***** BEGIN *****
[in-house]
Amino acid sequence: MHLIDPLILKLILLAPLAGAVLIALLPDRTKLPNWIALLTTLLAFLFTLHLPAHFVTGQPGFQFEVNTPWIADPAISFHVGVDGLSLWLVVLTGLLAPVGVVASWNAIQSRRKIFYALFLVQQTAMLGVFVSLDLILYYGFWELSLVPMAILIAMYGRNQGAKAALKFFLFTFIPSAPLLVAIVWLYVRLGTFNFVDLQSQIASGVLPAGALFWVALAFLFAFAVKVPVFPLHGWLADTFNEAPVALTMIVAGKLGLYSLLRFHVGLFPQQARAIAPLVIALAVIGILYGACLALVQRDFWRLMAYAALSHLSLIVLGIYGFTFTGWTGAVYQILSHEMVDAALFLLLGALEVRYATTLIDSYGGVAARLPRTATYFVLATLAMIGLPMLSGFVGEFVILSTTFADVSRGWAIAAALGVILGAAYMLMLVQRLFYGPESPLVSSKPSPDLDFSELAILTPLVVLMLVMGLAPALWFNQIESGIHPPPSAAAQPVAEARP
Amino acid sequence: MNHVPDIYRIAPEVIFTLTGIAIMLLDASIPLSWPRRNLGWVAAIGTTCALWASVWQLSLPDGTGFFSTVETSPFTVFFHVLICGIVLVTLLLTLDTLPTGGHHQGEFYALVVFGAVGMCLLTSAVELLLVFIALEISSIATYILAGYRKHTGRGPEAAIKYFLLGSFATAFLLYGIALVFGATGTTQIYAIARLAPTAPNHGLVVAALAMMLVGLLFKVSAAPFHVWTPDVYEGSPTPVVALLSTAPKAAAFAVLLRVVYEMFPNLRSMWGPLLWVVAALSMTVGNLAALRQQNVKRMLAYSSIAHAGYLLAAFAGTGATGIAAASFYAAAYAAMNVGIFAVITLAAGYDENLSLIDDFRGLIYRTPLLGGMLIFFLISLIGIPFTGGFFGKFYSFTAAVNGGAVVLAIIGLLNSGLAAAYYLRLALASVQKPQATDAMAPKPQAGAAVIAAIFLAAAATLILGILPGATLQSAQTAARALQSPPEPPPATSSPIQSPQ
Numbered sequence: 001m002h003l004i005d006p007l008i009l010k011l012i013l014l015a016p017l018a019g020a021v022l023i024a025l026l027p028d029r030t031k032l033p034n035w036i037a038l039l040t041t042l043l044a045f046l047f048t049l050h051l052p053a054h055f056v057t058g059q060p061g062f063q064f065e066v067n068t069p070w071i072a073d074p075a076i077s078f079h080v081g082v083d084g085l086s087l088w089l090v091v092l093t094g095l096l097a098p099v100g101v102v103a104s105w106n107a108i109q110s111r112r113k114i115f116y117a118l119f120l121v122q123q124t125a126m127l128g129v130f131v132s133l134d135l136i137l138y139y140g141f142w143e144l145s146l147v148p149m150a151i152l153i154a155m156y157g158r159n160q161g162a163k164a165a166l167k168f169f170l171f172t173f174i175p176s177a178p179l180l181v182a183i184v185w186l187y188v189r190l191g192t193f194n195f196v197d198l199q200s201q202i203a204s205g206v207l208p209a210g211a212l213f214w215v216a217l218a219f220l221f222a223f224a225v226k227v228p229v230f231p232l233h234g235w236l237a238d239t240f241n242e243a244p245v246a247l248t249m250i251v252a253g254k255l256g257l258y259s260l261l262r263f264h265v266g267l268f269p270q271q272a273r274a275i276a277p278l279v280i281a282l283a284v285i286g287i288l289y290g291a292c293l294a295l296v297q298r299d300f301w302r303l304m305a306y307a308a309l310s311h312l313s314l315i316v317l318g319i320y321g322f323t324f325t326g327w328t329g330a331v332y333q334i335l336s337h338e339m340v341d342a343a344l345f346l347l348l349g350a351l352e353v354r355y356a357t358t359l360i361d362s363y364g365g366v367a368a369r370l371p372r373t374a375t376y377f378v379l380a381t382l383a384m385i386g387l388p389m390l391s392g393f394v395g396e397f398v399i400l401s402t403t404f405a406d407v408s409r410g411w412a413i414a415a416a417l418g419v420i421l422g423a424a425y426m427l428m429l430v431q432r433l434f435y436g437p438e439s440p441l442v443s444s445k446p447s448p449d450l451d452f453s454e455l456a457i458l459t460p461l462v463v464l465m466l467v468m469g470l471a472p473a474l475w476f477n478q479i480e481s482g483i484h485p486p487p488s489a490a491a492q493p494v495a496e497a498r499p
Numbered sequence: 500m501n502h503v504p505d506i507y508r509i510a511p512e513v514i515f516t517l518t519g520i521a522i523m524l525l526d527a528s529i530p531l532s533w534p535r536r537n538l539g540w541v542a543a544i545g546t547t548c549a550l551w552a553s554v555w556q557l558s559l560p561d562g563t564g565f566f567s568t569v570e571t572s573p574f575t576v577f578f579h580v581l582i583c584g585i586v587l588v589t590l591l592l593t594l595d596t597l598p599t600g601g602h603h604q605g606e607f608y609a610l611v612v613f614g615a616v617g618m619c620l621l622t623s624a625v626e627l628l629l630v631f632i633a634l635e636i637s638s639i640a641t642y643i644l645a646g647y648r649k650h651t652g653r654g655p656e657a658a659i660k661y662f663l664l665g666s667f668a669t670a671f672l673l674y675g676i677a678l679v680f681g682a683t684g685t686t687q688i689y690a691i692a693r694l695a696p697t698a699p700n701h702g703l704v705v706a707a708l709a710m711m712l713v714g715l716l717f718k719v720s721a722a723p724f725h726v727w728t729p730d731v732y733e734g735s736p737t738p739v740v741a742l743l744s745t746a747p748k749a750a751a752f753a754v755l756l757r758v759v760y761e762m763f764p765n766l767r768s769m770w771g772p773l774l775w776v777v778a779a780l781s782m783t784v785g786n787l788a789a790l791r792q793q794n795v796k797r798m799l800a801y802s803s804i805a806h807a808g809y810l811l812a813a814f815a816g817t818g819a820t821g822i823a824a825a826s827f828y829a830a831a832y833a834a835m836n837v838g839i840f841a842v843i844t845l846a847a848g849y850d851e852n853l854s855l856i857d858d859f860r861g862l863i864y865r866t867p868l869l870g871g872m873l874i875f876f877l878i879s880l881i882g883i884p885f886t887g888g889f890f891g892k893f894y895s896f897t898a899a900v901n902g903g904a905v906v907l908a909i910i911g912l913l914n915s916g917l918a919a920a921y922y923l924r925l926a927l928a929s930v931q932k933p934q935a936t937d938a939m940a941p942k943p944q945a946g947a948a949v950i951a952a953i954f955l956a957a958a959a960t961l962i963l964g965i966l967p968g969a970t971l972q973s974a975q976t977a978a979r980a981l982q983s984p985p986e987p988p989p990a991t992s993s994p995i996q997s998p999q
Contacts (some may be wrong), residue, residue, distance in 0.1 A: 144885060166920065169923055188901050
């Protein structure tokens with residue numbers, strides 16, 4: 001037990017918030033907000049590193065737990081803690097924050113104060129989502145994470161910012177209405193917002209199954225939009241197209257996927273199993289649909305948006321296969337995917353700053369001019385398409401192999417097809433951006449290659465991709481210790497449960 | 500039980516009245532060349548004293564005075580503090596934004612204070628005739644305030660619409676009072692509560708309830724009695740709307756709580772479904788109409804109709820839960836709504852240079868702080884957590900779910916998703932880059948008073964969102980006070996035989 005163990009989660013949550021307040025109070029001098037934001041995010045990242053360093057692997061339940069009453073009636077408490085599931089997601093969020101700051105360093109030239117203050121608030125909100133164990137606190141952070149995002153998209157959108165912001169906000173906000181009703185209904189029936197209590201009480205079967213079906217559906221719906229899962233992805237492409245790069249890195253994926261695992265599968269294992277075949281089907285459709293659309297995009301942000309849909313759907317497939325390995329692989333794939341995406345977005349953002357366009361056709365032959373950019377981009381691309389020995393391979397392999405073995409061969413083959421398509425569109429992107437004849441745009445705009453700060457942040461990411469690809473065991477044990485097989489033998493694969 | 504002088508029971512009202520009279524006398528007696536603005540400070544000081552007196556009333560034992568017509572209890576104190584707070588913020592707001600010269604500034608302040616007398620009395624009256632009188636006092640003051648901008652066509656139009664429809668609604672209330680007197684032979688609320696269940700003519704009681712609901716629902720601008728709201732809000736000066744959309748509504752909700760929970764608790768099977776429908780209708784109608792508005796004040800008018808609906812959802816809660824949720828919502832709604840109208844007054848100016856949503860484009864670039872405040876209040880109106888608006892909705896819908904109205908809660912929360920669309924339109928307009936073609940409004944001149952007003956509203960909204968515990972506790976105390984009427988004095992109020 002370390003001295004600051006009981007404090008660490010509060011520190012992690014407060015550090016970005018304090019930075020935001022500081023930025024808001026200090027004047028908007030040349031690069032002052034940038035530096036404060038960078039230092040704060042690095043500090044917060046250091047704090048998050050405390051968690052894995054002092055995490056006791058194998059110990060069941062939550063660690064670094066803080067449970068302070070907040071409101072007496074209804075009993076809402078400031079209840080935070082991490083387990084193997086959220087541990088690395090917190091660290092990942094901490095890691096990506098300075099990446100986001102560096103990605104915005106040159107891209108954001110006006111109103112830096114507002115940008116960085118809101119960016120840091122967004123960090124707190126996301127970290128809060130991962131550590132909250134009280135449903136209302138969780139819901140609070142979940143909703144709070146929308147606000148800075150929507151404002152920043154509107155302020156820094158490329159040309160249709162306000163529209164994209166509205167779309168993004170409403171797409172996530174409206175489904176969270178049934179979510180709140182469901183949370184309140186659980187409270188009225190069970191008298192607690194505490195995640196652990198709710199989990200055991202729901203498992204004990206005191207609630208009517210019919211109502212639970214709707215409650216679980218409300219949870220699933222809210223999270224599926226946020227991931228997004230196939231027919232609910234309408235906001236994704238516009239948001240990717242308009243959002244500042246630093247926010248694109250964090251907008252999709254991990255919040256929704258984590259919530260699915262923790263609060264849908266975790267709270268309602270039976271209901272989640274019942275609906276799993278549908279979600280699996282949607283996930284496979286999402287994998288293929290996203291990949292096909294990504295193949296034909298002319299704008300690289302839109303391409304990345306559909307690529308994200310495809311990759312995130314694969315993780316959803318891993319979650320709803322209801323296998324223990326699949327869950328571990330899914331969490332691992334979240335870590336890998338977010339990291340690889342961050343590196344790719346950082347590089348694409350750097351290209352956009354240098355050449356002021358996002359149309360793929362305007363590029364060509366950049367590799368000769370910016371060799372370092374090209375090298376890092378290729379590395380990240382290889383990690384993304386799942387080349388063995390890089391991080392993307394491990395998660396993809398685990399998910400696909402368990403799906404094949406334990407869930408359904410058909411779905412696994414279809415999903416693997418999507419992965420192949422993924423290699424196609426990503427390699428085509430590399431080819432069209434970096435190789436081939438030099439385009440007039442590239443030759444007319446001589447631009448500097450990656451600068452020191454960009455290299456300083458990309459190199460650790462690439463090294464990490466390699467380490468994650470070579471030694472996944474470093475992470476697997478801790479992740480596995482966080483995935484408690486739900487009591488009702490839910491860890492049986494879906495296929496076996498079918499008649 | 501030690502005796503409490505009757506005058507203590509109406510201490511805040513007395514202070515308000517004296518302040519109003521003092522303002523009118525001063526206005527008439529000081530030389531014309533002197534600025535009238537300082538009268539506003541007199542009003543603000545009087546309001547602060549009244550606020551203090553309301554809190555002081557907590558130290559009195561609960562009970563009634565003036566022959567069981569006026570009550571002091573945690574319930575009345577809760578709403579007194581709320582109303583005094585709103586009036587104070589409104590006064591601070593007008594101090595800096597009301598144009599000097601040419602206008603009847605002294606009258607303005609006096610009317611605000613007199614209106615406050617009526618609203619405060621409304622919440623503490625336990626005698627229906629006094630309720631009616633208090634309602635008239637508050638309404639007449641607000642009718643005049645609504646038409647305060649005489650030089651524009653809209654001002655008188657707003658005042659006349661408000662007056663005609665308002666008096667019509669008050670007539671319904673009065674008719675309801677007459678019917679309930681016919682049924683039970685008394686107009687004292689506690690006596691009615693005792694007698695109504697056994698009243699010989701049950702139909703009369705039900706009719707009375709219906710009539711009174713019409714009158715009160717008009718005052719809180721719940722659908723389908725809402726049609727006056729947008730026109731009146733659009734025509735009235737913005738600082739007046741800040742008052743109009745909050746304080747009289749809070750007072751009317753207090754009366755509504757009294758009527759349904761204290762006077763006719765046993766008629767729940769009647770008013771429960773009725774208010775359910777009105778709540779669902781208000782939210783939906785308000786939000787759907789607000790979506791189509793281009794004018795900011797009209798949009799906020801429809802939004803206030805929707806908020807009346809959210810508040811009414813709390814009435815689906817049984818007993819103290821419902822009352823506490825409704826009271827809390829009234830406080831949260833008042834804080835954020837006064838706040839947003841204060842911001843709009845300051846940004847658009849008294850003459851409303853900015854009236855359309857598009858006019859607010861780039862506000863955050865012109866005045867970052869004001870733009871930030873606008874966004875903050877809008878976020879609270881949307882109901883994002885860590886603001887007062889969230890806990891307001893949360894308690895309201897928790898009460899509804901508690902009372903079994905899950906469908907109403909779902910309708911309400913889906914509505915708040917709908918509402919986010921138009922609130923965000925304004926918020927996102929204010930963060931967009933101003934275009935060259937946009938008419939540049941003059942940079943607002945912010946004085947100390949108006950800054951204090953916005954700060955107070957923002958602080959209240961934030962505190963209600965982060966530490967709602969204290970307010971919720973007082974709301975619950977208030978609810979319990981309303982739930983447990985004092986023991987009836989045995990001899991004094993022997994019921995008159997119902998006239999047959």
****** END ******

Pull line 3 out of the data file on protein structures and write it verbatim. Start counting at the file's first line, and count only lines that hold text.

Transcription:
Amino acid sequence: MNHVPDIYRIAPEVIFTLTGIAIMLLDASIPLSWPRRNLGWVAAIGTTCALWASVWQLSLPDGTGFFSTVETSPFTVFFHVLICGIVLVTLLLTLDTLPTGGHHQGEFYALVVFGAVGMCLLTSAVELLLVFIALEISSIATYILAGYRKHTGRGPEAAIKYFLLGSFATAFLLYGIALVFGATGTTQIYAIARLAPTAPNHGLVVAALAMMLVGLLFKVSAAPFHVWTPDVYEGSPTPVVALLSTAPKAAAFAVLLRVVYEMFPNLRSMWGPLLWVVAALSMTVGNLAALRQQNVKRMLAYSSIAHAGYLLAAFAGTGATGIAAASFYAAAYAAMNVGIFAVITLAAGYDENLSLIDDFRGLIYRTPLLGGMLIFFLISLIGIPFTGGFFGKFYSFTAAVNGGAVVLAIIGLLNSGLAAAYYLRLALASVQKPQATDAMAPKPQAGAAVIAAIFLAAAATLILGILPGATLQSAQTAARALQSPPEPPPATSSPIQSPQ